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May 27 / Michael

Steal this name!

I’m often asked, “Michael, how do you come up with such awesome names for your characters?” I’m always the one asking myself that, but the point is: Coming up with the right names is an important part of writing fiction, whether you’re looking to create a relatable every-boy with serious upside, like Harry Potter, or a precocious, slightly prickly classmate for him, like Hermione Granger.

The main thing about names is that they should be believable and not too distracting, either way. They shouldn’t be too normal or too weird, overall—but they shouldn’t be too not-weird, either. When it comes to naming, parents can be careless or cruel, hipsters (Streeter!) or hippies (Rainbow!), illiterate or alliterative. Odds are good that they’ll be at least one of those, and, of course, there’s no known defense against being born with an unfortunate last name.

That said, it’s probably not a bad idea to make some allowances for your main character. You’ll want to avoid naming your protagonist Larry Lipshitz, for example, but if you want a cool name, try not to try too hard. Jack Bauer is kind of a tough, action-y name, but it’s also one of the most believable things about 24 these days. But Rock Stryker? Blaize Bloodworth? Probably a bridge too far…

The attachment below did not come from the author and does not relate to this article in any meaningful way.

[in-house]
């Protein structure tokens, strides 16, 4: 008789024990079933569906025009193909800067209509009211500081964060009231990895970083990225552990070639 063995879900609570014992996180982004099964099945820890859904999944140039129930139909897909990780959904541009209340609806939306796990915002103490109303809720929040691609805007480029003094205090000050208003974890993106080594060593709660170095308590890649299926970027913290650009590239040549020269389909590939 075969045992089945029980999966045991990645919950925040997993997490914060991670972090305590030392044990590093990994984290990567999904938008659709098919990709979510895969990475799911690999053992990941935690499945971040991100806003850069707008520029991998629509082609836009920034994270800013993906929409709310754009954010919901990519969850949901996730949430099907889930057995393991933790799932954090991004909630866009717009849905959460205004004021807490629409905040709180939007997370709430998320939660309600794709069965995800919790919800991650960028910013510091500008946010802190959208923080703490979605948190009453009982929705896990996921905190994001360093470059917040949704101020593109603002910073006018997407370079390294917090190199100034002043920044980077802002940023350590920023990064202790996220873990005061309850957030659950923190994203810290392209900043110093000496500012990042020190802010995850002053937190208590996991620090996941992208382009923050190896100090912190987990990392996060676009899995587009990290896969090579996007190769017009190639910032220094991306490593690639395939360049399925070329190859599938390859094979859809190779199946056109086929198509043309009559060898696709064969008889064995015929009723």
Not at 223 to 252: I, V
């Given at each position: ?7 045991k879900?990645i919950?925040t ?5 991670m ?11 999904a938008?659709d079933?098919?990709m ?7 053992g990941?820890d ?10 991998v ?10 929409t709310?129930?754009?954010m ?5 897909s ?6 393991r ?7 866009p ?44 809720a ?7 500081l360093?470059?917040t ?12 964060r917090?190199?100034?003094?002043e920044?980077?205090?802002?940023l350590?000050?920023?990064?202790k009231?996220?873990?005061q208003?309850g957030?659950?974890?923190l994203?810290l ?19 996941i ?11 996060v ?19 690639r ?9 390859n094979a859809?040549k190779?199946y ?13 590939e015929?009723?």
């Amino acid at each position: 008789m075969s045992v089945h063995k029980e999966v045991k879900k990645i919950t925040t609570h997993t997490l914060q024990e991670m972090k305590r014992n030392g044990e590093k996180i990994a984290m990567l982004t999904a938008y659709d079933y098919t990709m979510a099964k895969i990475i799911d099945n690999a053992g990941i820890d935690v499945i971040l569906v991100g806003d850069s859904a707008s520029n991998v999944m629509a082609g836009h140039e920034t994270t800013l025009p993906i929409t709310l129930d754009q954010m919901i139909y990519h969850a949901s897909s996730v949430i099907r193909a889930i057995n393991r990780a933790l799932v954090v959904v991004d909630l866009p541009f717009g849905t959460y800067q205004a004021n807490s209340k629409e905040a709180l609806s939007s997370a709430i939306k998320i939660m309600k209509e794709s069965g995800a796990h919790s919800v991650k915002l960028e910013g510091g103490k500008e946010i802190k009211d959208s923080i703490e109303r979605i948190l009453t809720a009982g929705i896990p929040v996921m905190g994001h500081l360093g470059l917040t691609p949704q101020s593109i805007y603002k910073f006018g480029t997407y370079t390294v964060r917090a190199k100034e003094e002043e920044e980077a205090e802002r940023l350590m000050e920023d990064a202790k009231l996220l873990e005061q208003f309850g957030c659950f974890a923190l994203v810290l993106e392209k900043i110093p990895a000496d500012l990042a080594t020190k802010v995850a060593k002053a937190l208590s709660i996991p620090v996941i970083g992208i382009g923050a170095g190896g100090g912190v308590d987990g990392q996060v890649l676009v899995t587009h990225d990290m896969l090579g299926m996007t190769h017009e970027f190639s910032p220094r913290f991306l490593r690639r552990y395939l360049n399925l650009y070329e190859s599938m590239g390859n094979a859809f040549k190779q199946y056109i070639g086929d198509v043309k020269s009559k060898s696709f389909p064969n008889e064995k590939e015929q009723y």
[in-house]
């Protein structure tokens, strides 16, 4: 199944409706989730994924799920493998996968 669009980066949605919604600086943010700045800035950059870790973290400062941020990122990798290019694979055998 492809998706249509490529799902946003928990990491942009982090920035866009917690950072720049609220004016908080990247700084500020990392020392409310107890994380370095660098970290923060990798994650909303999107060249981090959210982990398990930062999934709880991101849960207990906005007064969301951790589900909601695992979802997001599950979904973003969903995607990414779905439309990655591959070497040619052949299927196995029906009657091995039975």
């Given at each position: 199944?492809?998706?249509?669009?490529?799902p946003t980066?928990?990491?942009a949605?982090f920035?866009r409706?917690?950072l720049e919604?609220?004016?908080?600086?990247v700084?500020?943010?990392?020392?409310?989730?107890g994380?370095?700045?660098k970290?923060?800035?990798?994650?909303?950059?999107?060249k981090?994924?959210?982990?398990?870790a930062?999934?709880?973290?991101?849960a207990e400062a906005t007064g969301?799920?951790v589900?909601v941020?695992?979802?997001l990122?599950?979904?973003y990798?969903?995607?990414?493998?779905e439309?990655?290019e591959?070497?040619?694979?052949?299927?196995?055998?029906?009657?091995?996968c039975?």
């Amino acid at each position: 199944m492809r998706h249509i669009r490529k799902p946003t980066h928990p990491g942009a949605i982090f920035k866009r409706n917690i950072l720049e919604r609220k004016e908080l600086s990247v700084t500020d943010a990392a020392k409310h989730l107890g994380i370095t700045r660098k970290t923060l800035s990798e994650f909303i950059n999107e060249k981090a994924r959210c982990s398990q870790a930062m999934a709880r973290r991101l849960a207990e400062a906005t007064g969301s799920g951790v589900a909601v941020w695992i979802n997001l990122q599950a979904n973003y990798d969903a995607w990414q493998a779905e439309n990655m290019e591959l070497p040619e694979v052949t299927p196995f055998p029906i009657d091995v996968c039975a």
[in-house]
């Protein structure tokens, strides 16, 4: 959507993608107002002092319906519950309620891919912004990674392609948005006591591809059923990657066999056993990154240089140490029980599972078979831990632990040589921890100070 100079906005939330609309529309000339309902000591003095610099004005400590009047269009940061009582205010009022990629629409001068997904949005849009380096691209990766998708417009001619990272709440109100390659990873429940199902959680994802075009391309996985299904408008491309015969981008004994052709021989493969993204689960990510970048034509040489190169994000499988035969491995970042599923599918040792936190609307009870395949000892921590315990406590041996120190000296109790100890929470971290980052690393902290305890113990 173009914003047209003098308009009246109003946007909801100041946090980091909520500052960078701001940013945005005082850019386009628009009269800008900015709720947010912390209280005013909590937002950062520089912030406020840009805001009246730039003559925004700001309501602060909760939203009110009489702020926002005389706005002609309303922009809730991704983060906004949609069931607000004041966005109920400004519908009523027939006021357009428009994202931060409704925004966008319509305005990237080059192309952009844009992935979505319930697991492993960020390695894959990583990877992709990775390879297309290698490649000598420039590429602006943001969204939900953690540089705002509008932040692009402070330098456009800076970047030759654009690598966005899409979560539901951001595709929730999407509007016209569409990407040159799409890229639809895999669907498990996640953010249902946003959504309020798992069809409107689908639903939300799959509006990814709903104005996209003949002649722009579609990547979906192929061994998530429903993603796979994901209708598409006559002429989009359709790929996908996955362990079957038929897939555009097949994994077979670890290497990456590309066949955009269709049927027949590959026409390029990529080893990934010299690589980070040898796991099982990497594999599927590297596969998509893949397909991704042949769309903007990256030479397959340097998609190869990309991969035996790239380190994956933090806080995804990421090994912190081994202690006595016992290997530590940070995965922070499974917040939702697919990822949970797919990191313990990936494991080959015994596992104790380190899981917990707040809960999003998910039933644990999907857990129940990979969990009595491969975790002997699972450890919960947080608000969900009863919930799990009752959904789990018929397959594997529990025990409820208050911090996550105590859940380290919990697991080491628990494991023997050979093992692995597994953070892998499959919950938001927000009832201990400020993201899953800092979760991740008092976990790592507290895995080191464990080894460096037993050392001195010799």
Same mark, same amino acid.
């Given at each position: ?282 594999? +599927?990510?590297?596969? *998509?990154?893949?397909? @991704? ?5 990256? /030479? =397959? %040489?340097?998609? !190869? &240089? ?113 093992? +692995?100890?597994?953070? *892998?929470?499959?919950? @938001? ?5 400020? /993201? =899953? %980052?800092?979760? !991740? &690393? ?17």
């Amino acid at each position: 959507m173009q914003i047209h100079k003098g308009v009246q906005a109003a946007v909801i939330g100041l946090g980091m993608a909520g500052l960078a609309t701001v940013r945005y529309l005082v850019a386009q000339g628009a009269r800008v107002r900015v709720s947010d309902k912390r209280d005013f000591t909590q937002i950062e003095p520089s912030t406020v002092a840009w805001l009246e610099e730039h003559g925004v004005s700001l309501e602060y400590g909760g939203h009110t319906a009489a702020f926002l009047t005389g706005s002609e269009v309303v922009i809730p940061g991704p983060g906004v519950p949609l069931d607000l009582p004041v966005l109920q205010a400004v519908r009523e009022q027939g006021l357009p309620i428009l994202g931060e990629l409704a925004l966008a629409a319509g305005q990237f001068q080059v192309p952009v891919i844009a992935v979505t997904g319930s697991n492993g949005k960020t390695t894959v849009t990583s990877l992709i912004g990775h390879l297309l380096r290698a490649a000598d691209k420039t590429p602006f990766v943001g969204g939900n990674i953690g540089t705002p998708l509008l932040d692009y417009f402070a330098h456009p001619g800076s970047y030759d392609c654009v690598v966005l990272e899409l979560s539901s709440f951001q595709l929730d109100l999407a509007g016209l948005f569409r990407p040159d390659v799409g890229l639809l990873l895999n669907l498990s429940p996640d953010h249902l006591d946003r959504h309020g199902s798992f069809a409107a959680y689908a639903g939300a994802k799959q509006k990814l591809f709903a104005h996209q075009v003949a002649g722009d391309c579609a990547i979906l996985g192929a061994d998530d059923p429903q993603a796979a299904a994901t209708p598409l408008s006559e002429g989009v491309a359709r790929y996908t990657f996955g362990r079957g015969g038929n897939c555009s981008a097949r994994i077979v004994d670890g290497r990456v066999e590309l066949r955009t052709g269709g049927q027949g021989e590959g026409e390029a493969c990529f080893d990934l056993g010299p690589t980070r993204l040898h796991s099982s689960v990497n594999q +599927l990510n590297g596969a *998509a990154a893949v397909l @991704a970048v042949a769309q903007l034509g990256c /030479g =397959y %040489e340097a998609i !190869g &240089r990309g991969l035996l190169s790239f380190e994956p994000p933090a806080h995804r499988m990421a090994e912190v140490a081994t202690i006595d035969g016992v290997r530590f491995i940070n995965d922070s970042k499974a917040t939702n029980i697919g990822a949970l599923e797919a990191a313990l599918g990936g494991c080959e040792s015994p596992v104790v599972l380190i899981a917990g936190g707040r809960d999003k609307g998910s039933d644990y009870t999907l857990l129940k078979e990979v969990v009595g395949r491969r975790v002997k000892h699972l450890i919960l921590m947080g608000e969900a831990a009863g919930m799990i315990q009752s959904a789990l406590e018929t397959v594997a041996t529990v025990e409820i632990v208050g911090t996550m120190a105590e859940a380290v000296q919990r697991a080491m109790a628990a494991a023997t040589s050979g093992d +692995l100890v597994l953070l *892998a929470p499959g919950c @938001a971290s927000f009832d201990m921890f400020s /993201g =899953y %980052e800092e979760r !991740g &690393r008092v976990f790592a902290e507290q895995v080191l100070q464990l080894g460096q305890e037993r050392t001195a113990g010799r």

So how do you get a lifelike blend of normal and strange, mundane and exotic? Try stealing. I once rounded out a character list by mixing and matching the first and last names of the British Olympic equestrian team. It gave me just the right New England feel—along with just the right number of exceptions. Just need one name? Turn on the TV. Sure it’s random; so is life. Now I’ve got a state trooper with the same last name as a NASCAR driver. A few days ago I wrote: “He made the sort of reckless but effective K-turn you generally only see from cops and racecar drivers . . .” Perfect!

Am I advocating ripping off reality to satisfy your own craven fictional needs? Yes, and you can quote me on that. Just don’t use my real name.

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